April 22nd, 2024

Court challenged on difference, if any, between escort and sex worker

By COLLIN GALLANT on February 23, 2024.

cgallant@medicinehatnews.com@CollinGallant

A woman charged in Medicine Hat as an unlicensed escort last year is challenging the municipal bylaw ticket as unconstitutional because she should be considered a sex worker.

The distinction, the women’s legal agent argued in court Thursday, creates a basis for a legal challenge that the city unevenly applies licence fees and fines to something that is under the purview of Ottawa to regulate.

Lawyers for the City of Medicine Hat say the reading and implementation of the 20-year-old local statute is clear and police are in the right to ticket violators.

Local paralegal Ken Montgomery represents the woman, and told reporters after a one-day hearing Thursday it is an open secret that escorts provide sexual services to clients.

If they don’t, he continued, then they should fall under other business licensing categories, such as masseuse, peddler or social service providers that are charged thousands of dollars less for city licences.

“(In Canada) it’s legal to be a prostitute, but illegal to communicate for the purpose of getting sexual services or advertising,” said Montgomery. “If you admit an escort is a prostitute, how can you licence a business that cannot legally operate?

“You can’t. It’s like saying a butcher can’t sell meat.”

The 27-year-old woman did not attend the hearing before assistant chief Justice Sylvia Oishi that concluded with written final submissions. A judgement date will be determined in late March.

During testimony Thursday, witnesses for the city and defence did not make make definitive statements about the difference.

Two officers involved in the ticket, their senior inspector and the city’s business licence co-ordinator each stated that either the licence application process and police judgment determines whether the bylaw applies or has been contravened.

The Ontario resident was charged in May 2023 after Medicine Hat police Sgt. Darren Lole flagged an advertisement on an internet listings site.

He didn’t recognize the name “Ross” (followed by a phone number) on a list of 15 licensed escorts who work in the city (there are four licensed agencies).

He engaged the phone number via text message and arranged a meeting at a southend hotel. Lole and another officer arrived at the hotel room and issued three tickets to the women inside who matched a picture in the ad.

She was charged municipally, not criminally, with working as an unlicensed escort, not being represented by an agency and advertising the service, each with a $500 fine.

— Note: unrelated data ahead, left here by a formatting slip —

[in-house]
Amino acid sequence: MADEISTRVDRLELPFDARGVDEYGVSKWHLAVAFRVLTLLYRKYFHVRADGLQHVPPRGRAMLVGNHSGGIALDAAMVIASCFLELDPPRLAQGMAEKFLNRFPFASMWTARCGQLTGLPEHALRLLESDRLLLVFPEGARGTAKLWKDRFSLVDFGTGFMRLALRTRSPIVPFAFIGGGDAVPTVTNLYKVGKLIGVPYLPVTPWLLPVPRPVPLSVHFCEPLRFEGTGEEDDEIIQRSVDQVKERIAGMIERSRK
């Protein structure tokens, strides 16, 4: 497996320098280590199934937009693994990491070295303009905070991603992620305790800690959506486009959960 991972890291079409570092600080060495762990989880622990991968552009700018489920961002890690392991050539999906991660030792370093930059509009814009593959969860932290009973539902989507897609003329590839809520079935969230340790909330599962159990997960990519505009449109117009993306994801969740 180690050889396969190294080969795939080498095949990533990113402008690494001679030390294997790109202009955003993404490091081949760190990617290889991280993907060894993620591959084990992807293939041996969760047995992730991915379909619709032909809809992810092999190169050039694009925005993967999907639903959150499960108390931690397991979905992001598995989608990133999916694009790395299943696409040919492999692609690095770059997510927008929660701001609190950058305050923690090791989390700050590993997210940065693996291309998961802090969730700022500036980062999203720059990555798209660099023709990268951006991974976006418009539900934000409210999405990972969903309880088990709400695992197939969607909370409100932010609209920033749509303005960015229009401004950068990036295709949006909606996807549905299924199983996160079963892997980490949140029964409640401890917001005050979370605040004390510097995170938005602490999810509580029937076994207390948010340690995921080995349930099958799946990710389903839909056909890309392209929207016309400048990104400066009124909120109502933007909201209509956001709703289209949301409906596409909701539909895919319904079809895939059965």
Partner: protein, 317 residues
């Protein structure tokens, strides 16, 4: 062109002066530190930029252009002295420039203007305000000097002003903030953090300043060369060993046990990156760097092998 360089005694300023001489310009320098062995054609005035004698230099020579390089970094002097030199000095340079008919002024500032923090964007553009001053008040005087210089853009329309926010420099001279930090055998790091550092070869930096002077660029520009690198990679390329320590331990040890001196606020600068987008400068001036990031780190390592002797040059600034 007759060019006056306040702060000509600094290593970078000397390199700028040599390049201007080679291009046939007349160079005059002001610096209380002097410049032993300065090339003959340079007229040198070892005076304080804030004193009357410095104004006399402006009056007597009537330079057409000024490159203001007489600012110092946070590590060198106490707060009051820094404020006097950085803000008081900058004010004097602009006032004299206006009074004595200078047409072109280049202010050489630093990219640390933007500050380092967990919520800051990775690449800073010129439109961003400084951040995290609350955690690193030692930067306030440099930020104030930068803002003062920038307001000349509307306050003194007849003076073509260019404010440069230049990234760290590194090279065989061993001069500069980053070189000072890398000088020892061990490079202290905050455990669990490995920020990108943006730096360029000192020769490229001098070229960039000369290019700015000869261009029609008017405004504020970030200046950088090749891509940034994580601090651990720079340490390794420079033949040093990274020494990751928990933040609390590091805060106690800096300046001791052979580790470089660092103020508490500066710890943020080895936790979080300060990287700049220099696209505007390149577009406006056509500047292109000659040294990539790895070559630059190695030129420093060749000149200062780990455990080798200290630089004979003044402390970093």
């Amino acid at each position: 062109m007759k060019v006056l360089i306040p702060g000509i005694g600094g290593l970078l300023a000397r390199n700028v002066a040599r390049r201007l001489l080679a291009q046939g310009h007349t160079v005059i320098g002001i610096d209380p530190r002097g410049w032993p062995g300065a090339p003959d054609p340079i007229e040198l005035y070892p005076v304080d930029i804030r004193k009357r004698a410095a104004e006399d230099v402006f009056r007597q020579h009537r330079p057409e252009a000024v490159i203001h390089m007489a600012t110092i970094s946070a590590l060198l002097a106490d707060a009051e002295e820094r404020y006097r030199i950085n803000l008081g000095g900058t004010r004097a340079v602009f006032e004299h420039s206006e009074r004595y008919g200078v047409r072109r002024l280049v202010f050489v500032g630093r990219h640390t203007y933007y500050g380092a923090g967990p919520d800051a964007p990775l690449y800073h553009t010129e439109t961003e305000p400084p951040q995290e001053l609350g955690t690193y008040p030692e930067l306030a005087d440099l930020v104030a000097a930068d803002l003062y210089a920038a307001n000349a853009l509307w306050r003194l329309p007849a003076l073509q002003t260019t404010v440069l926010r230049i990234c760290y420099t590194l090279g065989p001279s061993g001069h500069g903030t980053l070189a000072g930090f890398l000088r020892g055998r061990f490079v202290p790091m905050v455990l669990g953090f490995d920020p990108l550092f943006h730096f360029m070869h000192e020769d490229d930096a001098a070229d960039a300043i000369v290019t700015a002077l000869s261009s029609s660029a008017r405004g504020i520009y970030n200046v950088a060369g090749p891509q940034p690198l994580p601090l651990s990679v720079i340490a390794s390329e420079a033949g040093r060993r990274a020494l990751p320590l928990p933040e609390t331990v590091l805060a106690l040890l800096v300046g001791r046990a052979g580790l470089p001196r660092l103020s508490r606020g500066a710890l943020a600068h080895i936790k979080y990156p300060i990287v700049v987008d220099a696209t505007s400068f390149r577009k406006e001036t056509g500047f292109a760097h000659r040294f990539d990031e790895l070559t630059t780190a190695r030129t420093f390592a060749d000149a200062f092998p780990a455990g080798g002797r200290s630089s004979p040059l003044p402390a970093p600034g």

Montgomery produced the advertisement, which offers a price of $120 for a half-hour massage with “full release” and options for longer time and a shower.

“You didn’t think at any time that this woman was a sex worker,” Montgomery asked charging officer Sgt. Darren Lole.

“I thought she was an escort,” he replied.

City lawyer Rex Osivwemu reiterated in questioning that the wording of the bylaw defines “escort” as “an individual who charges or receives a fee or any other compensation for acting as a date or providing personal companionship for a limited period of time.”

Laws regarding the sex trade changed in 2014 when the “Protection of Communities and Exploited Persons Act” removed criminal violation for selling sexual services, but maintaining the illegality of buying sexual services, or earning fees or a commission on the transaction.

Lole told the defence agent that no related human trafficking investigation was launched into the 2023 episode.

Court also heard that local police officers, not the bylaw enforcement division, issued a total of 116 escort bylaw tickets in 2021 and 2022.

Insp. Brent Secondiak is in charge of the operational division of the Medicine Hat Police Service, including the major crimes unit, which oversees escort bylaw enforcement.

He told court the “complexity of the cases” and “covert” nature requires undercover resources that the bylaw enforcement office does not have, but there is no dedicated local prostitution or human trafficking unit.

On the licensing issues, city licensing co-ordinator Kristina Hoefman said several examples exist in the licensing bylaw where tradespeople – such as hairstylists – require a licence as individuals, while also a home business permit or business permit is required.

She also said her office forwards escort-related applications to the police department which conducts police checks and evaluates applications. They are approved by her office if they are returned with police OK.

Licensing fees for individual escorts are $250, or $350 for non residents, and $5,000 for an agency or $3,000 if an individual applies for an “independent agency” licence.

The total, according to the notice of Charter of Rights and Freedoms challenge filed last August, compares to $107 for a general business licence.

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